Red Hat's Latest Project: "Bolt" To Deal With Linux Thunderbolt Security
Written by Michael Larabel in Red Hat on 14 December 2017 at 11:03 AM EST. 10 Comments
"Bolt" is a new project by Red Hat / GNOME developers in dealing with Thunderbolt 3 security levels on Linux.

With Thunderbolt allowing unfettered access to PCI Express, it's super fast but opens up the plug-and-play port to DMA attacks and more. Thus with Thunderbolt 3 they introduced the concept of security levels, which Bolt is part of the equation for supporting this security feature on Linux.

Thunderbolt 3 security levels include none (no security), dponly (DisplayPort with no PCI-E), user (requiring authorization by the user to enable), and secure (similar to user but introducing a key).

In order to deal with these Thunderbolt 3 security levels, Linux 4.13 introduced the kernel-side work for supporting these levels while the new Bolt process handles the user-space integration.

Bolt consists of a generic system daemon on D-Bus for managing the attached Thunderbolt devices and their security levels while there is also a new GNOME component that's part of the GNOME Shell to deal with the UI/UX side.

When running with GNOME and having administrator rights, there will then be integration in the GNOME Shell for informing the user of a newly-attached Thunderbolt 3+ device and needing to take action if wishing to grant it PCI-E access to the system, etc.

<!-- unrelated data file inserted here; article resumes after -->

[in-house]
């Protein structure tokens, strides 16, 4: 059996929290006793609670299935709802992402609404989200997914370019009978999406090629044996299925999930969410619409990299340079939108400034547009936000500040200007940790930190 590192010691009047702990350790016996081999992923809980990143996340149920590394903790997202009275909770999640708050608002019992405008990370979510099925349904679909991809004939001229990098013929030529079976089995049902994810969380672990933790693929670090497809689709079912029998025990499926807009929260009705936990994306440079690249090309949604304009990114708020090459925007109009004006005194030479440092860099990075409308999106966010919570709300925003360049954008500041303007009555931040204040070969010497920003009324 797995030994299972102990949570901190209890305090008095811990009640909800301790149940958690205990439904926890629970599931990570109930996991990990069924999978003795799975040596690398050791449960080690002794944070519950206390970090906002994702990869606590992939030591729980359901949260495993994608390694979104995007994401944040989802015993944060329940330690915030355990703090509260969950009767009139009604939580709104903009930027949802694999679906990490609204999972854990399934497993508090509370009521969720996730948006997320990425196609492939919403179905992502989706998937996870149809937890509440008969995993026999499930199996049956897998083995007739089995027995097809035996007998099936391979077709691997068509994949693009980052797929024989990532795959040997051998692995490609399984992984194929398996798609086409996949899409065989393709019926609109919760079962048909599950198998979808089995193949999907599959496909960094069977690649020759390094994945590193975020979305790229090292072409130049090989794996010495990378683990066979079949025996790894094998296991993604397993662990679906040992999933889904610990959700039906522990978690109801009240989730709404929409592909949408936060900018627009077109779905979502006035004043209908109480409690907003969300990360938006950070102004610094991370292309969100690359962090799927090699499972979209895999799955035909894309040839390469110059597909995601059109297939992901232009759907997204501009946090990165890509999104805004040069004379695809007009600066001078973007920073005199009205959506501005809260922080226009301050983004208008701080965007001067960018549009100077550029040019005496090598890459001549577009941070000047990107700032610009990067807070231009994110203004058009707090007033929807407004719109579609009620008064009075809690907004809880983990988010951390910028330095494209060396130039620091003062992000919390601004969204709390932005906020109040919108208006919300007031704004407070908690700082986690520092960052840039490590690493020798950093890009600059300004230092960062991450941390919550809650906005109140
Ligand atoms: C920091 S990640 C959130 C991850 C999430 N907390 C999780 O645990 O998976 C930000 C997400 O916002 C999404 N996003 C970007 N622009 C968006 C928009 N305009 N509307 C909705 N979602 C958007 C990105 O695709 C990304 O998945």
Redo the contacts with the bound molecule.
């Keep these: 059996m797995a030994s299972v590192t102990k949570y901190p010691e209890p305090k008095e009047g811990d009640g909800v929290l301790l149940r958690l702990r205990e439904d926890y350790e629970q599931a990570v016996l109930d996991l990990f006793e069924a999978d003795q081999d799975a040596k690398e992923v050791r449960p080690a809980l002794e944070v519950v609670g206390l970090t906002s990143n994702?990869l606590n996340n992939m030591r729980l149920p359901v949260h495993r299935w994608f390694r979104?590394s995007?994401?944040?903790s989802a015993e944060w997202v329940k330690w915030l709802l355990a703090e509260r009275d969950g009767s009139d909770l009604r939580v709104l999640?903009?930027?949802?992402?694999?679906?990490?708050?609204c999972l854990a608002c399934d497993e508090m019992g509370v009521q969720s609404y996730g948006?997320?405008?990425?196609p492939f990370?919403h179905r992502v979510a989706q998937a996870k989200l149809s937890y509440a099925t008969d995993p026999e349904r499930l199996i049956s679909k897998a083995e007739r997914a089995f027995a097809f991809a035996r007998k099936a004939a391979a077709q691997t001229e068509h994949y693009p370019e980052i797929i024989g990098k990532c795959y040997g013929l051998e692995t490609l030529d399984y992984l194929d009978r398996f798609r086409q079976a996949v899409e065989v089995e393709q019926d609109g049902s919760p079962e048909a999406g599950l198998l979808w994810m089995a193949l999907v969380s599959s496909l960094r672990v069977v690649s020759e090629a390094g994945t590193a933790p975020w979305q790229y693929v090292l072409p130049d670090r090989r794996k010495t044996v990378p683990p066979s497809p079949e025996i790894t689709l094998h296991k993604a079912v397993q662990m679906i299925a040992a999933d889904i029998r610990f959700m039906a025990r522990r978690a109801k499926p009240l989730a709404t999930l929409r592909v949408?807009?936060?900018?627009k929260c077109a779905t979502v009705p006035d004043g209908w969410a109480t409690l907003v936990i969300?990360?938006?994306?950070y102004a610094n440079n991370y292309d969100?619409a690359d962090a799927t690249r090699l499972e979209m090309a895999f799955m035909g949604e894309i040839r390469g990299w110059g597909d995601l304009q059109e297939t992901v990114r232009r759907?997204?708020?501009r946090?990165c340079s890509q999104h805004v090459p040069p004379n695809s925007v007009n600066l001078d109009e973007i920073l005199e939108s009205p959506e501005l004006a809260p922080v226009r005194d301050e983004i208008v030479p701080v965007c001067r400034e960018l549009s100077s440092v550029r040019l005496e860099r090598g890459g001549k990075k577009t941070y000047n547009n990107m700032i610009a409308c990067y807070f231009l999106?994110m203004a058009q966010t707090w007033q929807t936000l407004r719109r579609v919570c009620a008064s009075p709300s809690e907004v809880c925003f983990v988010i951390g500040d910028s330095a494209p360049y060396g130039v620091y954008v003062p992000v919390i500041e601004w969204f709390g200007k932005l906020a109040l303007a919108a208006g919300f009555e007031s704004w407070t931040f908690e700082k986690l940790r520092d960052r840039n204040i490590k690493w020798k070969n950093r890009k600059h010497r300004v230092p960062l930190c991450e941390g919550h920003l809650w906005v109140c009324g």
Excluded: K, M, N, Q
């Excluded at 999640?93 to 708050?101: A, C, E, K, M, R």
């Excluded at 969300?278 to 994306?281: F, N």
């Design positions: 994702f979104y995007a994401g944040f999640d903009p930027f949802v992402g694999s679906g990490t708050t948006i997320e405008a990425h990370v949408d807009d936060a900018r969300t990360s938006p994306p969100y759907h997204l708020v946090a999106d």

More details on the Bolt project and its initial v0.1 bits can be found via Christian Kellner's blog while the GNOME integration bits are outlined in this Wiki whiteboard. It looks like the GNOME bits could be ready for GNOME 3.28 and then we'll see in the future if KDE decides to make use of Bolt's D-Bus daemon for then building their own Plasma integration.

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Michael Larabel is the principal author of and founded the site in 2004 with a focus on enriching the Linux hardware experience. Michael has written more than 10,000 articles covering the state of Linux hardware support, Linux performance, graphics drivers, and other topics. Michael is also the lead developer of the Phoronix Test Suite, Phoromatic, and automated benchmarking software. He can be followed via Twitter or contacted via

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